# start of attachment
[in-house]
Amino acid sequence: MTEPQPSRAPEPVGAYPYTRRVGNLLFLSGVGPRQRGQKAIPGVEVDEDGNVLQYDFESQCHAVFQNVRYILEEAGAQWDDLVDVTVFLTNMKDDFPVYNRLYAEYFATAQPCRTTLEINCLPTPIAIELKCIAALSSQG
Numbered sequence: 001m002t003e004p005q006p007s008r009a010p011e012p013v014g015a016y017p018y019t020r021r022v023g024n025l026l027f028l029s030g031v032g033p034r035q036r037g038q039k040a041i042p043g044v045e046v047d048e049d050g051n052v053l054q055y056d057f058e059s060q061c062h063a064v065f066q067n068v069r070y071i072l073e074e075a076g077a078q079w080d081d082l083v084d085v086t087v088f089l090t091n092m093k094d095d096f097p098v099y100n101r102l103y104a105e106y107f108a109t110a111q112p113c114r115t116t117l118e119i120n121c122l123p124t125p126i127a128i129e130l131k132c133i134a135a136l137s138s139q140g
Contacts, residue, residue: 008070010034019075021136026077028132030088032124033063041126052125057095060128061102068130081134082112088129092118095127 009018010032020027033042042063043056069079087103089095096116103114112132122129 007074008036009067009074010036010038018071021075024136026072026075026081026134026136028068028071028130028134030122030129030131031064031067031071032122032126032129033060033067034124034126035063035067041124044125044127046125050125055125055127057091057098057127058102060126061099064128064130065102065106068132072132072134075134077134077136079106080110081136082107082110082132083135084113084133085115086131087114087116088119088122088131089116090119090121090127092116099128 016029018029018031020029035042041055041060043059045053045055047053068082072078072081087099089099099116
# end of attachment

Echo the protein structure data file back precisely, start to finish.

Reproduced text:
[in-house]
Amino acid sequence: MTEPQPSRAPEPVGAYPYTRRVGNLLFLSGVGPRQRGQKAIPGVEVDEDGNVLQYDFESQCHAVFQNVRYILEEAGAQWDDLVDVTVFLTNMKDDFPVYNRLYAEYFATAQPCRTTLEINCLPTPIAIELKCIAALSSQG
Numbered sequence: 001m002t003e004p005q006p007s008r009a010p011e012p013v014g015a016y017p018y019t020r021r022v023g024n025l026l027f028l029s030g031v032g033p034r035q036r037g038q039k040a041i042p043g044v045e046v047d048e049d050g051n052v053l054q055y056d057f058e059s060q061c062h063a064v065f066q067n068v069r070y071i072l073e074e075a076g077a078q079w080d081d082l083v084d085v086t087v088f089l090t091n092m093k094d095d096f097p098v099y100n101r102l103y104a105e106y107f108a109t110a111q112p113c114r115t116t117l118e119i120n121c122l123p124t125p126i127a128i129e130l131k132c133i134a135a136l137s138s139q140g
Contacts, residue, residue: 008070010034019075021136026077028132030088032124033063041126052125057095060128061102068130081134082112088129092118095127 009018010032020027033042042063043056069079087103089095096116103114112132122129 007074008036009067009074010036010038018071021075024136026072026075026081026134026136028068028071028130028134030122030129030131031064031067031071032122032126032129033060033067034124034126035063035067041124044125044127046125050125055125055127057091057098057127058102060126061099064128064130065102065106068132072132072134075134077134077136079106080110081136082107082110082132083135084113084133085115086131087114087116088119088122088131089116090119090121090127092116099128 016029018029018031020029035042041055041060043059045053045055047053068082072078072081087099089099099116